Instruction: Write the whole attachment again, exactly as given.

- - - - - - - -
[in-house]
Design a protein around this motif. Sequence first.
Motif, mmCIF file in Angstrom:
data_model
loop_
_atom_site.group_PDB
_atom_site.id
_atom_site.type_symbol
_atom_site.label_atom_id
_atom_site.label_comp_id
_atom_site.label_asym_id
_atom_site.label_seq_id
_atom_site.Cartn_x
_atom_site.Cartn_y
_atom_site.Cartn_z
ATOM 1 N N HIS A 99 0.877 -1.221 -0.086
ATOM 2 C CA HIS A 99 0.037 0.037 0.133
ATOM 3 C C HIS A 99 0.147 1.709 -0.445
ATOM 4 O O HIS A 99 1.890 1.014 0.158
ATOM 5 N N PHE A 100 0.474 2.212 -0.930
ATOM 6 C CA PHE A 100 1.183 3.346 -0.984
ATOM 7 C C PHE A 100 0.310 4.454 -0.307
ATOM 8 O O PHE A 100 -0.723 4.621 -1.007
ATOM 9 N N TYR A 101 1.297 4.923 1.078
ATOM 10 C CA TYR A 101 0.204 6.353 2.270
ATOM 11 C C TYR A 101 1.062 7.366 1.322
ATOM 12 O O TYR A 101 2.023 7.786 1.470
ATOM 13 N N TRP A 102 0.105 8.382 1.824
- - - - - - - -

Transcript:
[in-house]
Design a protein around this motif. Sequence first.
Motif, mmCIF file in Angstrom:
data_model
loop_
_atom_site.group_PDB
_atom_site.id
_atom_site.type_symbol
_atom_site.label_atom_id
_atom_site.label_comp_id
_atom_site.label_asym_id
_atom_site.label_seq_id
_atom_site.Cartn_x
_atom_site.Cartn_y
_atom_site.Cartn_z
ATOM 1 N N HIS A 99 0.877 -1.221 -0.086
ATOM 2 C CA HIS A 99 0.037 0.037 0.133
ATOM 3 C C HIS A 99 0.147 1.709 -0.445
ATOM 4 O O HIS A 99 1.890 1.014 0.158
ATOM 5 N N PHE A 100 0.474 2.212 -0.930
ATOM 6 C CA PHE A 100 1.183 3.346 -0.984
ATOM 7 C C PHE A 100 0.310 4.454 -0.307
ATOM 8 O O PHE A 100 -0.723 4.621 -1.007
ATOM 9 N N TYR A 101 1.297 4.923 1.078
ATOM 10 C CA TYR A 101 0.204 6.353 2.270
ATOM 11 C C TYR A 101 1.062 7.366 1.322
ATOM 12 O O TYR A 101 2.023 7.786 1.470
ATOM 13 N N TRP A 102 0.105 8.382 1.824